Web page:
During a recent Critical Issues lecture, the professor asked me if I thought the growing popularity of web communities was evidence that the public had lost faith in mainstream media. I believe I sputtered something at the mic, but the question got me thinking and I would like to respond to it more fully here.
I believe that the answer is yes, and that the public's lack of faith in mainstream media outlets comes from two sources:
1. Unavoidable byproducts of having big media.
2. Big media getting lazy and not doing its job right.
The first source directly led to the formation of Fringe. There's been some speculation in the literary community that big media (aka corporate bookstores) ran a lot of independent bookstores out of business. These independent bookstores were the main subscribers to literary magazines, so when the bookstores collapsed, many journals went belly-up. It sounds like regular capitalism at work, but this had disastrous consequences for journals catering to specific niches and minority groups.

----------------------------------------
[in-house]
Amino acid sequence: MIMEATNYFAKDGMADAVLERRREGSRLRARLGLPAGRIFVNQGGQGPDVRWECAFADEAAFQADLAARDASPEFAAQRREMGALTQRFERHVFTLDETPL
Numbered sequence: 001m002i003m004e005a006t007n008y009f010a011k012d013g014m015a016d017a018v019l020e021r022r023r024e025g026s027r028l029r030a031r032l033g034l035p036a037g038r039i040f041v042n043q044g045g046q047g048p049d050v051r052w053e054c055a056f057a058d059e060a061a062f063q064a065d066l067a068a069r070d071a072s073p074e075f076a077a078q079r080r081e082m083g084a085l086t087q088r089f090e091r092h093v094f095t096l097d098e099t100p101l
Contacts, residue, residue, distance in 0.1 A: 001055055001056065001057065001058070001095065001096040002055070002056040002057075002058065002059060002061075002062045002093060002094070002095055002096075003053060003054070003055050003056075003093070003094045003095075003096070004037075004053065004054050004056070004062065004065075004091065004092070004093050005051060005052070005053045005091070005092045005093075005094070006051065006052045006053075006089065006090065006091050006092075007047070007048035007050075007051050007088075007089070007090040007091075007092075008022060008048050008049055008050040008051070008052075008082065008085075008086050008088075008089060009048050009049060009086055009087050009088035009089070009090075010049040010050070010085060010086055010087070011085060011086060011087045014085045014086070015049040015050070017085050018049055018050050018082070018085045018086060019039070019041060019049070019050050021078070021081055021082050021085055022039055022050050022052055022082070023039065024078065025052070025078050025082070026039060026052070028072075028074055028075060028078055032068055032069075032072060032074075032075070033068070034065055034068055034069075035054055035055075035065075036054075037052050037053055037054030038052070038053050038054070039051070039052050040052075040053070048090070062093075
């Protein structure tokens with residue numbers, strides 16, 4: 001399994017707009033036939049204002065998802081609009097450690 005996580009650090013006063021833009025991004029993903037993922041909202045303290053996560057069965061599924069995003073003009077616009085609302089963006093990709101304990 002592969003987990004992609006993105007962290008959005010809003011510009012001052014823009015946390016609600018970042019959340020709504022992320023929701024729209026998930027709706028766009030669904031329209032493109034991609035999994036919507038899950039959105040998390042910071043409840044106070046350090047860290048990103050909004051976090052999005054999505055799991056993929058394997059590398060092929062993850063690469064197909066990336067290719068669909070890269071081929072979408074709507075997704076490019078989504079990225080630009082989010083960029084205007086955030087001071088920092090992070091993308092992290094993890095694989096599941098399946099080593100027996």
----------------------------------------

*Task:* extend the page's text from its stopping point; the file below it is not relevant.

Big media is concerned with eyeballs, which translate into profit, and niche journals don't have as many eyeballs. This might not have been a problem for small publications catering to latino writing or feminist writing, except that the literary market isn't very large to begin with. So these tiny journals went under, unfortunate because many of them had given writers like Sandra Cisneros (early pub credits in Revista Chicano-Riquena and Nuestro, both now defunct), Dorothy Allison, and many many others their crucial early publication credits, which often help writers get noticed by larger publications.
We founded Fringe because we worried that the dearth of niche publications would have a trickle-up effect, making it harder for minority writers to get published early on, which would make it harder for bigger publications to notice them, which would homogenize literary culture at the upper levels. (Check the NYT's hormonally imbalanced, melanin deficient list of best books to get a sense of the homogenization.)
Did the corporate bookstore say to itself, "let's screw over minority writers"? Of course not. But the unintended effect of big media has been to make the already fiscally unfeasible print-jounal model even harder to sustain. And so we turn to the Internet, where space is cheap and circulation costs nonexistent.
I'm guessing that other media -- newspapers, music, etc -- have followed the route of the literary journal. Corporate media caters to the most marketable and mainstream group, but many individuals want to read about their specific interests. As a model, MSM hasn't yet found a way to fill the void.
I'll cover source #2, the way MSM has actively broken the trust, in my next post.